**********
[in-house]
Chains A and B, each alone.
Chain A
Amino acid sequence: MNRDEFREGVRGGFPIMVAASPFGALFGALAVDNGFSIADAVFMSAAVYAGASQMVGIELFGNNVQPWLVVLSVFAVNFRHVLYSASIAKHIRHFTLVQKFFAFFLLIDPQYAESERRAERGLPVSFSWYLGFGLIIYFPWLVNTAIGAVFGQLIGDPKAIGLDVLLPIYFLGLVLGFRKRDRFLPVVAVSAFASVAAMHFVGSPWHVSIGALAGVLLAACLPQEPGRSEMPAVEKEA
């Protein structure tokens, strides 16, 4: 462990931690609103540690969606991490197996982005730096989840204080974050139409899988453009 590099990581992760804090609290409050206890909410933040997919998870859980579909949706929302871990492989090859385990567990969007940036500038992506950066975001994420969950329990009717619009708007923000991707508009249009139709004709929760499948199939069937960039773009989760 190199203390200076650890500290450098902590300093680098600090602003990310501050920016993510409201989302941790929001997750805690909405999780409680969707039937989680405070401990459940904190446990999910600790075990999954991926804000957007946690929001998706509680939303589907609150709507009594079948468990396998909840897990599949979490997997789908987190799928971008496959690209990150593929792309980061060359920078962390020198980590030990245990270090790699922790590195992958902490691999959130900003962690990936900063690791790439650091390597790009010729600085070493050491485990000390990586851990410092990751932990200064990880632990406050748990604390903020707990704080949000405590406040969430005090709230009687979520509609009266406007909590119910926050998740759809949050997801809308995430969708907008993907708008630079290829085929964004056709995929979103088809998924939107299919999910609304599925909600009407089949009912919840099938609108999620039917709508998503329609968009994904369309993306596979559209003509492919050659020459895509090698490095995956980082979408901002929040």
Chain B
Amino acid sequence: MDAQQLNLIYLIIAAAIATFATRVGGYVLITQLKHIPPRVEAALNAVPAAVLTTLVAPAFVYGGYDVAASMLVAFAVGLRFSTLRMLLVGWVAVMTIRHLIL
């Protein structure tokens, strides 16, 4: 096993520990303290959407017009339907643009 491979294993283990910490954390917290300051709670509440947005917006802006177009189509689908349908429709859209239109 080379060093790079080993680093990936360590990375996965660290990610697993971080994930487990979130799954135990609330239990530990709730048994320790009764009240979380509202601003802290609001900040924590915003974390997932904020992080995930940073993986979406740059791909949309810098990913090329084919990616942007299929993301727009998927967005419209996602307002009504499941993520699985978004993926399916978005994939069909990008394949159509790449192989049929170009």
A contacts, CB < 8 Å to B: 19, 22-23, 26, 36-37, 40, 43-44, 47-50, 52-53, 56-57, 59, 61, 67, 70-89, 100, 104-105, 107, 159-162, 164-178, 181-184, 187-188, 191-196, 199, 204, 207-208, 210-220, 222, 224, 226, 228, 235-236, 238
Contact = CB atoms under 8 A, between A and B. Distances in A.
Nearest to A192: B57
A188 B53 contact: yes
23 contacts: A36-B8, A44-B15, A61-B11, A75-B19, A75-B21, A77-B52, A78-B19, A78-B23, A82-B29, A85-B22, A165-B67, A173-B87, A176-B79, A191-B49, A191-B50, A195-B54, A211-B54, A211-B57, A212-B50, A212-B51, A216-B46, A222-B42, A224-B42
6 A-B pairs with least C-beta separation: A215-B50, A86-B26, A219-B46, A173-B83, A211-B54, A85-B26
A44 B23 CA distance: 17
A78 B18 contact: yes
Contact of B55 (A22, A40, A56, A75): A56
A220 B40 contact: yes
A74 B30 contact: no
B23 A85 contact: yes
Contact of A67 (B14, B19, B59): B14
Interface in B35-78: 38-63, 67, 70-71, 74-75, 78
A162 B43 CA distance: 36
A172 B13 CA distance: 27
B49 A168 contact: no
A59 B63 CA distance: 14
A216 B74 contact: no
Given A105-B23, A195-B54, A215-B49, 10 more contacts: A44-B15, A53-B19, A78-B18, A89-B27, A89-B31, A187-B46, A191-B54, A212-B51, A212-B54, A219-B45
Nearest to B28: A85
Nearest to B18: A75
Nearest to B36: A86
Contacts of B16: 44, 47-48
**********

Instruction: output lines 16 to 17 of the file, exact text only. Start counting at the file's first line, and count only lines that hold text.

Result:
A78 B18 contact: yes
Contact of B55 (A22, A40, A56, A75): A56